3D printed records
3D printing really took off in 2012. For the uninitiated, you can print sunglass frames, machinery, shoes, headphones and even fabrics—almost anything is on the cards and is limited only by the size of the printer, the quality of the digital model, the type and quality of the printing compound and, of course, imagination.
Amanda Ghassaei has developed a process to 3D-print “vinyl” records that are compatible with your standard 33RPM turntable. Hers is a process that could revolutionise the niche world of vinyl music. Given that the last-ever record pressing machines were manufactured in the 1980s, such technology is out of the hands of the average Jo(anne).
Put simply, the normal process for making a vinyl record sees all the vibrations of detected sound recorded into a spinning disc of wax (or other, more modern substrate). This wax disc is then used to create a negative image of the recording in metal, which is used to press copies of the recording into hot molded vinyl.
Normally, modeling a record with all of its tiny grooves in a spiral would be a task too complex for most modeling packages to handle. Amanda’s 3D print process employs an algorithm she wrote herself that automatically converts a digital music file to 3D printable geometry. There are a few more steps following this, but I hope you get the idea.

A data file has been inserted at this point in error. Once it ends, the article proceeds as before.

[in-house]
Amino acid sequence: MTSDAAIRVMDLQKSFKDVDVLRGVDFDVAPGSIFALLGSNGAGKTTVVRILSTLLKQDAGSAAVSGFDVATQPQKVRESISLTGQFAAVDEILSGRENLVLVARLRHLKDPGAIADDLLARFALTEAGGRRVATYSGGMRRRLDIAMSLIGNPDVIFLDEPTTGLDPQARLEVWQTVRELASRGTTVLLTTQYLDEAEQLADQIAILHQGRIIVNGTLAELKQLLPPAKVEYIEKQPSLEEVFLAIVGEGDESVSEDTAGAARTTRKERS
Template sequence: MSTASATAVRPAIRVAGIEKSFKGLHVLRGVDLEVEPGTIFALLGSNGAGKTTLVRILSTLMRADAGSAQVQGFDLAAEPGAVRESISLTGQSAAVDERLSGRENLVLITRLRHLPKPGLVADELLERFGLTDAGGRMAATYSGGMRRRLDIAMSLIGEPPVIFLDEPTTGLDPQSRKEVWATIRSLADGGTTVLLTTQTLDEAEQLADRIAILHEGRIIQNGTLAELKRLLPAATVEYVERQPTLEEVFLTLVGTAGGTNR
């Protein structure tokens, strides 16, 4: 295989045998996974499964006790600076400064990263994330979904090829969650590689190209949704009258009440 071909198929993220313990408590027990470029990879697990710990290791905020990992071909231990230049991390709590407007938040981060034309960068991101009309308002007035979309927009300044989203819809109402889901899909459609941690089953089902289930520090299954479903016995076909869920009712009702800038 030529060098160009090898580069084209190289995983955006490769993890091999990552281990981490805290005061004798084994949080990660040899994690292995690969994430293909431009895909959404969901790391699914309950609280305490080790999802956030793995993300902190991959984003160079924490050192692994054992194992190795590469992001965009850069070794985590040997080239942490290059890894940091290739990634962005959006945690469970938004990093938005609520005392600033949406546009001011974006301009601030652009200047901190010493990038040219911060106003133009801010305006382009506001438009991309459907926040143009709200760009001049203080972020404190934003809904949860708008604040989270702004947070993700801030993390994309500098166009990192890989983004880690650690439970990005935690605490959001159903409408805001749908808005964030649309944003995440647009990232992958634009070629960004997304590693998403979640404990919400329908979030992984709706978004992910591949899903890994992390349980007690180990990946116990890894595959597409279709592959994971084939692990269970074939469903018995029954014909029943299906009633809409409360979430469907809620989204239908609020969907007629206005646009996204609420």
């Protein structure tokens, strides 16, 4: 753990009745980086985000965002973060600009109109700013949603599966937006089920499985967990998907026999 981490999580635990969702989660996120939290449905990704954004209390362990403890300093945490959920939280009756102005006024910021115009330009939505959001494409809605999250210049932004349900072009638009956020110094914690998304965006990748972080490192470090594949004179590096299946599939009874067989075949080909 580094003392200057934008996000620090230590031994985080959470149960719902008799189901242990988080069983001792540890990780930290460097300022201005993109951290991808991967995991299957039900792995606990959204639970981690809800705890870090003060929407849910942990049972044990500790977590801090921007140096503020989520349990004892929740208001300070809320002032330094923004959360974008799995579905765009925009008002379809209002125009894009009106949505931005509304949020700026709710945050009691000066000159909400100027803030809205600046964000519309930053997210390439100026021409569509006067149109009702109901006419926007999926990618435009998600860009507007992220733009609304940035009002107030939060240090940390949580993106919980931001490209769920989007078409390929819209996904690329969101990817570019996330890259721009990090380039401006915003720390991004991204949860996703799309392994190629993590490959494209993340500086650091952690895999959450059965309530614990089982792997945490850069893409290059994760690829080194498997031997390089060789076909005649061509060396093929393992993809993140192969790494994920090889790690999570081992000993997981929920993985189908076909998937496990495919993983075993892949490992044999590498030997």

The final step is to send the file to a 3D printer. In this case, a very high-resolution printer. The result?
Smells Like Teen Spirit, Nirvana... and other ditties.
With each print, using different tracks, Amanda has refined her process and modified her algorithm to yield better results. Okay, it’s not perfect, but then, the 3D printing industry as a whole is fledgling, so it stands to reason that, as the industry matures, as Amanda’s algorithm improves, we’ll end up with a high resolution, in-home alternative to vinyl.